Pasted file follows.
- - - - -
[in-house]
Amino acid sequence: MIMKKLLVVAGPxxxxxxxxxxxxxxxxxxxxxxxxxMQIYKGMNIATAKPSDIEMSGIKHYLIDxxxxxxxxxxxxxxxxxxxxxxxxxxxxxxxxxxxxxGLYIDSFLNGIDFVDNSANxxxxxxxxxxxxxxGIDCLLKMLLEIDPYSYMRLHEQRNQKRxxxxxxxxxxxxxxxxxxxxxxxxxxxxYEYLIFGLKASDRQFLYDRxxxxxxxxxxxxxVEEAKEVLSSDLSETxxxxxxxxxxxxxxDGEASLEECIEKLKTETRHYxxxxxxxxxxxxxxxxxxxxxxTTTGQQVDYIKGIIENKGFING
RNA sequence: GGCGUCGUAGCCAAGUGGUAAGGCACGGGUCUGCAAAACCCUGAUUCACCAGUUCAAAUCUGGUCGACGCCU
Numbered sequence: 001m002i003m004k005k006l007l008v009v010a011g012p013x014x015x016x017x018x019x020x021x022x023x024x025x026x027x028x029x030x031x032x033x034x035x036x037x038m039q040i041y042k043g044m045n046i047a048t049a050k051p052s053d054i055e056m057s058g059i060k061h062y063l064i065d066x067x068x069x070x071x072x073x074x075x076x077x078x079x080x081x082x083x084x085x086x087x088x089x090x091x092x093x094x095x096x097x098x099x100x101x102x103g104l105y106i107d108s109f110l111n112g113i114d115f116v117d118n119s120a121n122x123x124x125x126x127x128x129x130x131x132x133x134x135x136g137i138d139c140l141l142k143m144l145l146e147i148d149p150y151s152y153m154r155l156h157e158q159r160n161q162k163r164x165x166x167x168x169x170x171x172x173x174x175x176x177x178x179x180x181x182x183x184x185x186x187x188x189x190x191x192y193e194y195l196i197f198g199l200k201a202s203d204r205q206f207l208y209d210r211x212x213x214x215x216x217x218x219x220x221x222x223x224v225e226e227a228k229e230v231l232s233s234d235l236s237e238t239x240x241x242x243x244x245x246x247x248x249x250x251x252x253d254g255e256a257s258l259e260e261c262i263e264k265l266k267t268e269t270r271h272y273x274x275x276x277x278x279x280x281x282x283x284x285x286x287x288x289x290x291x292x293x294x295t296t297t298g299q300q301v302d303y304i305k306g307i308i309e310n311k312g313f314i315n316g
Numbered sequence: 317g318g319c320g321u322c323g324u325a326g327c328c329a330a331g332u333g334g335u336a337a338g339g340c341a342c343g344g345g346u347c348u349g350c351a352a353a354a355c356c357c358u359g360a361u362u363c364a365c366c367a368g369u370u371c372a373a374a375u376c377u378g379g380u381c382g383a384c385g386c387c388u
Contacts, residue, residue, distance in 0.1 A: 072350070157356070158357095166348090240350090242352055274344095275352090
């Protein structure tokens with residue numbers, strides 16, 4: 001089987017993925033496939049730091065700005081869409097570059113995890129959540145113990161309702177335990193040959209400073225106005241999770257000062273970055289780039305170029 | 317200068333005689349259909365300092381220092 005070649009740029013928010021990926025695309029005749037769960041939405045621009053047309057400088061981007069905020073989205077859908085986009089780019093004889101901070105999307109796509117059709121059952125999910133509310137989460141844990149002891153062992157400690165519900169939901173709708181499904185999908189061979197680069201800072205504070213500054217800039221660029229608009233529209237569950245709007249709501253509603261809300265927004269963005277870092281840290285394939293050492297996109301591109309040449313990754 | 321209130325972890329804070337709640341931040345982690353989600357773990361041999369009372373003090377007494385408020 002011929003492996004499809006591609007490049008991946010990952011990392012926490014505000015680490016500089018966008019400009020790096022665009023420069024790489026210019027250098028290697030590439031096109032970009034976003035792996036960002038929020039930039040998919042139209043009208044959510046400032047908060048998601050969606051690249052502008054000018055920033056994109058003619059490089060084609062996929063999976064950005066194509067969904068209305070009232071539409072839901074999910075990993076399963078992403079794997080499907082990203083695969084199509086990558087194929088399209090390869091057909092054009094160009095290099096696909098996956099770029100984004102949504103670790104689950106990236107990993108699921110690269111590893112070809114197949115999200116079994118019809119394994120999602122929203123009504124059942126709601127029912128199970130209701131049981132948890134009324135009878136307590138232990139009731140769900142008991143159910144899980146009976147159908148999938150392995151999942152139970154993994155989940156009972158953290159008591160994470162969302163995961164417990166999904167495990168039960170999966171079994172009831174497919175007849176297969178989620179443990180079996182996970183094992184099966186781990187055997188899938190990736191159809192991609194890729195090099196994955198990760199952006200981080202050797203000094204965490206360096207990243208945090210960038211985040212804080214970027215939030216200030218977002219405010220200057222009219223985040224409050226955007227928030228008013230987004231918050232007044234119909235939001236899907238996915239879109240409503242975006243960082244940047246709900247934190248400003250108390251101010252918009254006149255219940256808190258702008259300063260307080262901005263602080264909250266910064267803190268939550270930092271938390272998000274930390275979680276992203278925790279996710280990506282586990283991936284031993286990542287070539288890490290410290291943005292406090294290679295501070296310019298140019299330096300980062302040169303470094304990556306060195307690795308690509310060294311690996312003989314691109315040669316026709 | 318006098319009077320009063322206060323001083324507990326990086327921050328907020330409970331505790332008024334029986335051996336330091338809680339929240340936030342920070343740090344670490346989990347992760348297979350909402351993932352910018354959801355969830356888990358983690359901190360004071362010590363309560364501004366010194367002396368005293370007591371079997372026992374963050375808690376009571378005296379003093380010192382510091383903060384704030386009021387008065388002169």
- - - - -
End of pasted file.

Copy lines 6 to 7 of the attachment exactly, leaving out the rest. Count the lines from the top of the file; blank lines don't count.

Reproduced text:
Contacts, residue, residue, distance in 0.1 A: 072350070157356070158357095166348090240350090242352055274344095275352090
């Protein structure tokens with residue numbers, strides 16, 4: 001089987017993925033496939049730091065700005081869409097570059113995890129959540145113990161309702177335990193040959209400073225106005241999770257000062273970055289780039305170029 | 317200068333005689349259909365300092381220092 005070649009740029013928010021990926025695309029005749037769960041939405045621009053047309057400088061981007069905020073989205077859908085986009089780019093004889101901070105999307109796509117059709121059952125999910133509310137989460141844990149002891153062992157400690165519900169939901173709708181499904185999908189061979197680069201800072205504070213500054217800039221660029229608009233529209237569950245709007249709501253509603261809300265927004269963005277870092281840290285394939293050492297996109301591109309040449313990754 | 321209130325972890329804070337709640341931040345982690353989600357773990361041999369009372373003090377007494385408020 002011929003492996004499809006591609007490049008991946010990952011990392012926490014505000015680490016500089018966008019400009020790096022665009023420069024790489026210019027250098028290697030590439031096109032970009034976003035792996036960002038929020039930039040998919042139209043009208044959510046400032047908060048998601050969606051690249052502008054000018055920033056994109058003619059490089060084609062996929063999976064950005066194509067969904068209305070009232071539409072839901074999910075990993076399963078992403079794997080499907082990203083695969084199509086990558087194929088399209090390869091057909092054009094160009095290099096696909098996956099770029100984004102949504103670790104689950106990236107990993108699921110690269111590893112070809114197949115999200116079994118019809119394994120999602122929203123009504124059942126709601127029912128199970130209701131049981132948890134009324135009878136307590138232990139009731140769900142008991143159910144899980146009976147159908148999938150392995151999942152139970154993994155989940156009972158953290159008591160994470162969302163995961164417990166999904167495990168039960170999966171079994172009831174497919175007849176297969178989620179443990180079996182996970183094992184099966186781990187055997188899938190990736191159809192991609194890729195090099196994955198990760199952006200981080202050797203000094204965490206360096207990243208945090210960038211985040212804080214970027215939030216200030218977002219405010220200057222009219223985040224409050226955007227928030228008013230987004231918050232007044234119909235939001236899907238996915239879109240409503242975006243960082244940047246709900247934190248400003250108390251101010252918009254006149255219940256808190258702008259300063260307080262901005263602080264909250266910064267803190268939550270930092271938390272998000274930390275979680276992203278925790279996710280990506282586990283991936284031993286990542287070539288890490290410290291943005292406090294290679295501070296310019298140019299330096300980062302040169303470094304990556306060195307690795308690509310060294311690996312003989314691109315040669316026709 | 318006098319009077320009063322206060323001083324507990326990086327921050328907020330409970331505790332008024334029986335051996336330091338809680339929240340936030342920070343740090344670490346989990347992760348297979350909402351993932352910018354959801355969830356888990358983690359901190360004071362010590363309560364501004366010194367002396368005293370007591371079997372026992374963050375808690376009571378005296379003093380010192382510091383903060384704030386009021387008065388002169």